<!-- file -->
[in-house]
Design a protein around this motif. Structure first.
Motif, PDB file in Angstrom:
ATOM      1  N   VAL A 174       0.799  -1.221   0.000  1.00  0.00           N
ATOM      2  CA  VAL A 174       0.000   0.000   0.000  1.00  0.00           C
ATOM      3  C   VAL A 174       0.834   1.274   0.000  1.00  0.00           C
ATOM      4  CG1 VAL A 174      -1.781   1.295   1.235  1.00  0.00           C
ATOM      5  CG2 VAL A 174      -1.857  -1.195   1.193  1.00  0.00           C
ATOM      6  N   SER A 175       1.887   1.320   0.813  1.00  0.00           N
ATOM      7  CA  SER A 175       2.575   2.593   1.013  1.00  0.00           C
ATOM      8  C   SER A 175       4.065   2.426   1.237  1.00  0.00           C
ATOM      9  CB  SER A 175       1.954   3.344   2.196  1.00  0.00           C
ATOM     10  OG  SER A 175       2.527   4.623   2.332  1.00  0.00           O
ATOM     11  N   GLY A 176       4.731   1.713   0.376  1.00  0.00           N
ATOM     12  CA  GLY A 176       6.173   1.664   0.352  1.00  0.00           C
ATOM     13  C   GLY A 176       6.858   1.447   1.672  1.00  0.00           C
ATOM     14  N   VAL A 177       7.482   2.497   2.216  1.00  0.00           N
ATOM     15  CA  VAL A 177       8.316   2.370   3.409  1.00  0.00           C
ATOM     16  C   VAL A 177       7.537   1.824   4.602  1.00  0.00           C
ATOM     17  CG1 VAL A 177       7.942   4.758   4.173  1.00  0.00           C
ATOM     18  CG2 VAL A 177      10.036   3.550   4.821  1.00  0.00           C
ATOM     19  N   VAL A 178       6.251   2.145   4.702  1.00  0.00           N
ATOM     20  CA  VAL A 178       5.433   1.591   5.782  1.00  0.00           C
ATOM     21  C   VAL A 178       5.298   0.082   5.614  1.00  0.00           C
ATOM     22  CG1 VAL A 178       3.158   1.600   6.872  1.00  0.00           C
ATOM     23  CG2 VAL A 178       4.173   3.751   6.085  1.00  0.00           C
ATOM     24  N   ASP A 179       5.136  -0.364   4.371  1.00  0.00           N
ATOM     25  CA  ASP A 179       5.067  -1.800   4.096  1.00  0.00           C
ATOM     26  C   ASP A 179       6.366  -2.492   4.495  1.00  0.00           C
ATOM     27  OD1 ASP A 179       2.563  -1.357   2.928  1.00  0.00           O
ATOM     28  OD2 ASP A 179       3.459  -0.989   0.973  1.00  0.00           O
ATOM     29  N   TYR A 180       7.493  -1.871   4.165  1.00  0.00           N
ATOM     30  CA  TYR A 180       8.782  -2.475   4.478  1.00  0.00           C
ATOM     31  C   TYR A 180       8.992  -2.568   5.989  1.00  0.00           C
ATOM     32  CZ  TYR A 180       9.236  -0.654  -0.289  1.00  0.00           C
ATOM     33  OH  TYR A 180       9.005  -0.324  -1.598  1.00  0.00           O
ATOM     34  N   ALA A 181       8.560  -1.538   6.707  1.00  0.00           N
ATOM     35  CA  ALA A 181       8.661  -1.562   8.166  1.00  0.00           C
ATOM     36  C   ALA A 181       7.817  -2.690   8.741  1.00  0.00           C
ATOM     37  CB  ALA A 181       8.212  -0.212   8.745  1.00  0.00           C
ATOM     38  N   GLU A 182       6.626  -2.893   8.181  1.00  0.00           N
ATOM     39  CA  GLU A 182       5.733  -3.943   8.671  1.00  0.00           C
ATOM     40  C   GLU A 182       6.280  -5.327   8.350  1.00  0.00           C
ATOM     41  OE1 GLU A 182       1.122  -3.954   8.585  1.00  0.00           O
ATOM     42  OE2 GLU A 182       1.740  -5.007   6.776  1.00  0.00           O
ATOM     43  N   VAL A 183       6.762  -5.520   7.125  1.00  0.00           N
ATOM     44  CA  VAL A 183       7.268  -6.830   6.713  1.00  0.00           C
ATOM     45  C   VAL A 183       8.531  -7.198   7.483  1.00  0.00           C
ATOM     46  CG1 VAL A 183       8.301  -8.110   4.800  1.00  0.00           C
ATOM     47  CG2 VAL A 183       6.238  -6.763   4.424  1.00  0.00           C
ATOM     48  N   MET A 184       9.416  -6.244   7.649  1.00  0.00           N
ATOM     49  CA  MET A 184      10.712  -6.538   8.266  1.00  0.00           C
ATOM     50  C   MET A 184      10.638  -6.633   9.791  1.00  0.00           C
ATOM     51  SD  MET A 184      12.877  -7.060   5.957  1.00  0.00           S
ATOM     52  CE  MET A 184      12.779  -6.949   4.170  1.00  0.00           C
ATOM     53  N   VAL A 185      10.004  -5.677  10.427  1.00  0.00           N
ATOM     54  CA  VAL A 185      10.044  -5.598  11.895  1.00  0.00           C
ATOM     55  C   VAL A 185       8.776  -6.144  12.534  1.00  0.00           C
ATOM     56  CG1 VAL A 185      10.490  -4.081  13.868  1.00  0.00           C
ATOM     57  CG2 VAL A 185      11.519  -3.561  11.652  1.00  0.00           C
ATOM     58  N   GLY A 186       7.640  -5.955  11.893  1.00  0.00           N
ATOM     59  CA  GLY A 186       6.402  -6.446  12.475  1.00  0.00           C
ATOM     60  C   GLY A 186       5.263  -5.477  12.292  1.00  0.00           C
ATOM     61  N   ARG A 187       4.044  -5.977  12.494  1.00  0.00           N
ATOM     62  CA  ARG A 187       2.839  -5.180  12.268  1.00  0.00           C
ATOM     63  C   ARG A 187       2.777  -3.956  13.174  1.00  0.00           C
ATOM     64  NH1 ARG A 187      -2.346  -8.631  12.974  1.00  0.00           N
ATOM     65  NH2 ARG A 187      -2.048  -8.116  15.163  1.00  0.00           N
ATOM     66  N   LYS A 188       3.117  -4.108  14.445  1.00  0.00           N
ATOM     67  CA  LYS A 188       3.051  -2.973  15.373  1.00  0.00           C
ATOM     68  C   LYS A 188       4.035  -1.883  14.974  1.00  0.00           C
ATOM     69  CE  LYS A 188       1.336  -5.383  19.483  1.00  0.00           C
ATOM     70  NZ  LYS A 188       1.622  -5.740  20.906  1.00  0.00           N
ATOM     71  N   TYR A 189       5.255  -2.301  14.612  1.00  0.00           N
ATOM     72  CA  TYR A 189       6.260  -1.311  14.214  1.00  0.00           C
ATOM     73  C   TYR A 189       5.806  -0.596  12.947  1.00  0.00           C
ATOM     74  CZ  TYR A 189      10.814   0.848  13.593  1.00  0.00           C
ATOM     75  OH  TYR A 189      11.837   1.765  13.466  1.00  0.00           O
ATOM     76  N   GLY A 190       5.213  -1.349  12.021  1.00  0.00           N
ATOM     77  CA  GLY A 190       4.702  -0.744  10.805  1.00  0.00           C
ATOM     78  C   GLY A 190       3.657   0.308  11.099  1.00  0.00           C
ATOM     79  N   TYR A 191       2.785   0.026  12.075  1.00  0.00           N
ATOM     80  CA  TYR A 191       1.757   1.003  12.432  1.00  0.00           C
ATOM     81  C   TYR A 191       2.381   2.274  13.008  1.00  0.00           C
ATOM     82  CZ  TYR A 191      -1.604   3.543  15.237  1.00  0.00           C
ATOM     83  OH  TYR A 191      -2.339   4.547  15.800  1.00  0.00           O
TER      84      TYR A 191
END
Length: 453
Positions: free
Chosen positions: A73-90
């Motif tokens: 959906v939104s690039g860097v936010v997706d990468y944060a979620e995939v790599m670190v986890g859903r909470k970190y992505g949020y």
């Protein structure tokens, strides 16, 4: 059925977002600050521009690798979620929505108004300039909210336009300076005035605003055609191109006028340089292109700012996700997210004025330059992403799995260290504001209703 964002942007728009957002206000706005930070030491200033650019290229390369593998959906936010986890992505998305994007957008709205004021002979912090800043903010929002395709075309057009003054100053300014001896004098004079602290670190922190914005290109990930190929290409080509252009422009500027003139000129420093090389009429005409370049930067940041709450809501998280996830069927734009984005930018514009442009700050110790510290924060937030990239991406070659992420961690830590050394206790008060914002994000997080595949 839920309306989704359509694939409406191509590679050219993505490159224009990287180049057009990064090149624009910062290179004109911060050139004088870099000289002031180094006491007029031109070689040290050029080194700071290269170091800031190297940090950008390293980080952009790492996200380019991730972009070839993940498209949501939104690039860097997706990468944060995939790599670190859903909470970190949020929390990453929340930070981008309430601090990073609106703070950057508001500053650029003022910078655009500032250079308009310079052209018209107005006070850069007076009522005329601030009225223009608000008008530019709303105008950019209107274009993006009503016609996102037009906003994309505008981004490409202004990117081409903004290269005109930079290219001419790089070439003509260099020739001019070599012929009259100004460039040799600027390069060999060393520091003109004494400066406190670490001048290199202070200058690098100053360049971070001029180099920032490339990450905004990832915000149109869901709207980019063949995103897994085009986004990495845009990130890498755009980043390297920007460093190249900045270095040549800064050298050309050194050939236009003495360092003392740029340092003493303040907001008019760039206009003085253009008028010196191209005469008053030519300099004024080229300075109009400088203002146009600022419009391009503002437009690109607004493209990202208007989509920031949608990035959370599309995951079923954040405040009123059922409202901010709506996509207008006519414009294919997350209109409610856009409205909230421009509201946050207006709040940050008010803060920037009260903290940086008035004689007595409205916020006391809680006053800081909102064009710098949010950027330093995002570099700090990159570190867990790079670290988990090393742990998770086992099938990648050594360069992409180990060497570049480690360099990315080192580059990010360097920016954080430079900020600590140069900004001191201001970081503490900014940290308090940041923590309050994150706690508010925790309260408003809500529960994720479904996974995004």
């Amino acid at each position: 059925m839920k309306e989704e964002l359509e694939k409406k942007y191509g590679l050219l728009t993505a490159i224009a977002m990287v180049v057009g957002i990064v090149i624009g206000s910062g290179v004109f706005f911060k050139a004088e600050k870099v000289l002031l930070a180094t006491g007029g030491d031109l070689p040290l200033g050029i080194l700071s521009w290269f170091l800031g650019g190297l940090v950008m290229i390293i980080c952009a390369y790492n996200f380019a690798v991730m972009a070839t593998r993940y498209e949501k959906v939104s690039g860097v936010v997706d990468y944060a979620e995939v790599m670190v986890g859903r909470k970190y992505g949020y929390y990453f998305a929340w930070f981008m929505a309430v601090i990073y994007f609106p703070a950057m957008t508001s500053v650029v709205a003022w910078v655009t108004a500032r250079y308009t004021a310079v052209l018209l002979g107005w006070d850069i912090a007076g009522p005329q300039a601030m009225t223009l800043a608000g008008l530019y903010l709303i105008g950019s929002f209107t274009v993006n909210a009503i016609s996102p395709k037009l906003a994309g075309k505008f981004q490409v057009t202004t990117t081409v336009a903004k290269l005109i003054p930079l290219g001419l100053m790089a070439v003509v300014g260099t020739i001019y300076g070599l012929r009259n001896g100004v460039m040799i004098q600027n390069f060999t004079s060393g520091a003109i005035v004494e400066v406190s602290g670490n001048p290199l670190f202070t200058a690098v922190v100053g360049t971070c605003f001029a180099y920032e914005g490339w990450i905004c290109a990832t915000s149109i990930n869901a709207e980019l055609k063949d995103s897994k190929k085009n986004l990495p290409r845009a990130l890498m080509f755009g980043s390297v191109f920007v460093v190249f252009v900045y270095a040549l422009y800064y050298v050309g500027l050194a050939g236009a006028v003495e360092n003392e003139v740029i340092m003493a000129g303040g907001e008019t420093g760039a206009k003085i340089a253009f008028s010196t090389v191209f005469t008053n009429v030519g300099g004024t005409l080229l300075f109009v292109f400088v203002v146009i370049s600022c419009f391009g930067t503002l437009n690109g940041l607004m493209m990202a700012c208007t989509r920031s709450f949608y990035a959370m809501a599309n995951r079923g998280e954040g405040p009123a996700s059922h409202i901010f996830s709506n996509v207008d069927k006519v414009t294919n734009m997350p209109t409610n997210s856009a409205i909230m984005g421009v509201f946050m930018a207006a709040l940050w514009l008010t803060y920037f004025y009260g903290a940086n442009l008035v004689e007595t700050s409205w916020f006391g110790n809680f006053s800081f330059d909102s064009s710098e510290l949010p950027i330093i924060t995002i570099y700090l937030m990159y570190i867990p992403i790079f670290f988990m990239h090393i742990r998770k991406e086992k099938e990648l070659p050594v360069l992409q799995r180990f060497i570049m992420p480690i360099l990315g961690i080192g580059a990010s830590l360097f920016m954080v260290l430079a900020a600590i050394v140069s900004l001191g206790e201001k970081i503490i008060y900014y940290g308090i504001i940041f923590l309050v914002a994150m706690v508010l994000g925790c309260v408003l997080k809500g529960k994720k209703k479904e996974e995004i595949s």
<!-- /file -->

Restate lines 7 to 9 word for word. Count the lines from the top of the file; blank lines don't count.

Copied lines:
ATOM      4  CG1 VAL A 174      -1.781   1.295   1.235  1.00  0.00           C
ATOM      5  CG2 VAL A 174      -1.857  -1.195   1.193  1.00  0.00           C
ATOM      6  N   SER A 175       1.887   1.320   0.813  1.00  0.00           N